Council approves ordinances to establish Downtown Fiber Optic Network

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Council approves ordinances to establish Downtown Fiber Optic Network

By Christine Holmes, News Director

Despite testimony from local communications representatives opposing the legislation, City Council members voted to move forward with plans to establish the City’s own private fiber optic and public wireless network in Downtown Zanesville.

After several years of planning, council members voted to approve three ordinances Monday night create the network.

After 30 days, the ordinances go into effect and the City can officially sign a contract with CompuCorp to bring its own internet services to the area.

Under the plans, the City will own the equipment necessary to connect fiber lines to City Hall, Secrest Auditorium, the Public Safety Building and the police annex building, as well as a connection to Zane’s Landing Park.

The project, which is being funded in part by an Appalachian Regional Commission grant, will also bring Wi-Fi services to Downtown Zanesville for the public to use for free.

“The community came together in 2016 and said, ‘we would love to have this for our city,’” said Jay Bennett, who previously served as Community Development Director for the COZ as the project first developed.

While Wi-Fi services will be available to the Downtown community for free, usage will be monitored and slowed down should users stream or download in excess.

At past meetings, Zanesville Downtown Association manager Dana Matz has spoken in support of the effort, citing the successes other small communities have seen with wireless networks of their own.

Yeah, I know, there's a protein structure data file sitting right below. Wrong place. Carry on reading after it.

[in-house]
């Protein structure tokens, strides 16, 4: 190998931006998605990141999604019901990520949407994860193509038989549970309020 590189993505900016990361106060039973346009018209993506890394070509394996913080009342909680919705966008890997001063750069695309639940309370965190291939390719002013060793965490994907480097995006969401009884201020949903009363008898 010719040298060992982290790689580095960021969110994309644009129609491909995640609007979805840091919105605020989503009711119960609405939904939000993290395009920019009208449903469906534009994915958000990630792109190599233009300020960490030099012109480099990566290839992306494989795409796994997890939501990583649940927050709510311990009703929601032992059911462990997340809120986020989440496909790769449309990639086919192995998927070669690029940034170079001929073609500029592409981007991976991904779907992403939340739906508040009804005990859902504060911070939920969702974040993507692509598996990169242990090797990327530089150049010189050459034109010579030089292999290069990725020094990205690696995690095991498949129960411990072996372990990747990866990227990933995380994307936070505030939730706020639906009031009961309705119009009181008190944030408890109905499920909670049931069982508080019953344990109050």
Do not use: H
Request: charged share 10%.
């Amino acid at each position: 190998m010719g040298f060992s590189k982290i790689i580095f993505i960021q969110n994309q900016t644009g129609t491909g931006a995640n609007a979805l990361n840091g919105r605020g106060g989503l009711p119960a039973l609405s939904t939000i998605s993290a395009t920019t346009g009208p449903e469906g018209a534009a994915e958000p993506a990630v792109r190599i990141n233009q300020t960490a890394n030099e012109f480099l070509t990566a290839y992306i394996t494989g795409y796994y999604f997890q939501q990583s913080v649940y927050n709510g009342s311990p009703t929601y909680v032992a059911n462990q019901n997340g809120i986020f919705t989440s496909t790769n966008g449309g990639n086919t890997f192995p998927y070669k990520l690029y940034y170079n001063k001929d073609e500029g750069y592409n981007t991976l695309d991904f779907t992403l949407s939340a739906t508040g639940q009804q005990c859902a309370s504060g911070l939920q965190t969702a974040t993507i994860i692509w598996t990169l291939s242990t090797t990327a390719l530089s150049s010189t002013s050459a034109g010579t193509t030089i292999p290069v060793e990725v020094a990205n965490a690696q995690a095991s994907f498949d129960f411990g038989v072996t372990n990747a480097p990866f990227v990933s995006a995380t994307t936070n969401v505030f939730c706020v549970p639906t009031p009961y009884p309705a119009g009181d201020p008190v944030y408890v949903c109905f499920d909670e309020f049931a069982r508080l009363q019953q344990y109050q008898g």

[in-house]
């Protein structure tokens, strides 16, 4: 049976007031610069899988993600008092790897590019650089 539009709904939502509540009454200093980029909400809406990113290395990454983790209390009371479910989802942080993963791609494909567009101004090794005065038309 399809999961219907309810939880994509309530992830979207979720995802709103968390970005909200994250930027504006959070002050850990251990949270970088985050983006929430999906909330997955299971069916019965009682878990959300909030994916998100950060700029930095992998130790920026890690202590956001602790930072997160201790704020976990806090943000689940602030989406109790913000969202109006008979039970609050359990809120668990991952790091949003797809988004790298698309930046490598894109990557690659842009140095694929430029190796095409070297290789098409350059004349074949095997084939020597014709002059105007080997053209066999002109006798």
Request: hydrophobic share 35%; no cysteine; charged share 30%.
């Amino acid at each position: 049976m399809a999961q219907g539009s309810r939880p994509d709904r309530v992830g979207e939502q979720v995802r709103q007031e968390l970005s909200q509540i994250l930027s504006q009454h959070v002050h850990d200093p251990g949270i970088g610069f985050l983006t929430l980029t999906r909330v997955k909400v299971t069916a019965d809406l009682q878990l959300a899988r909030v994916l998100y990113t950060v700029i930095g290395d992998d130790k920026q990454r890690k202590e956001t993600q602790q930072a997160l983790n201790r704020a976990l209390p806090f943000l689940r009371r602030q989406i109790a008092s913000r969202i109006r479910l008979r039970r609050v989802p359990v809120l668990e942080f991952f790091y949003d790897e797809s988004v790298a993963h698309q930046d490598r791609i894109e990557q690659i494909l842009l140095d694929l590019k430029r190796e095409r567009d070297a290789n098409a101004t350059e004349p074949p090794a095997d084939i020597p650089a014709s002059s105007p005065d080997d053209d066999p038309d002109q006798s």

Monday night, representatives from AT&T, Charter Communications and the local Communications Workers of America union spoke with council members and questioned the need to establish the network.

Barrett Tamasavich, representing the CWA, said the need for a Wi-Fi network Downtown was prevalent several years ago, but the technology associated with mobile phones now makes it possible to achieve high speeds on the phone’s own, private network.

“So, we’re trying to understand, why do we need a Wi-Fi network when we get speeds just as fast that you already own,” said Tamasavich.

B.J. Smith, representing AT&T, questioned the security associated with the proposed fiber network, especially concerning confidential information shared between attorneys, police and city officials.

Following the meeting, Bennett explained that security is always a concern, regardless of the internet provider.

When it came time to vote, all council members voted in favor of the three ordinances, except for Joey Osborn, who voted no each time.

“My main concern with all of these pieces of legislation from the very beginning has been that I don’t think that the City has any business competing with private sector,” said Osborn.

She added that even though council opted not to treat the Wi-Fi network as a public utility, the stipulations of the ARC grant requires the City to offer some form of public access to the network.

“Do I think that our city needs a network, a secure network? Do I think that, is what we have outdated? All of those answers are yes,” said Osborn. “By no means was my no vote a reflection of that, it was simply I don’t think that we should be in the business of competing with our taxpayers.”

Since the majority ruled in favor of the legislation, work will soon move forward to finish laying conduit throughout Downtown Zanesville in preparation for the network.

“Once we’re able to sign an agreement, we’ll sign the agreement with CompuCorp because they’re the ones that’s going to be ordering the materials and constructing the network for us,” said Bennett.

The timeline for the project is still unknown.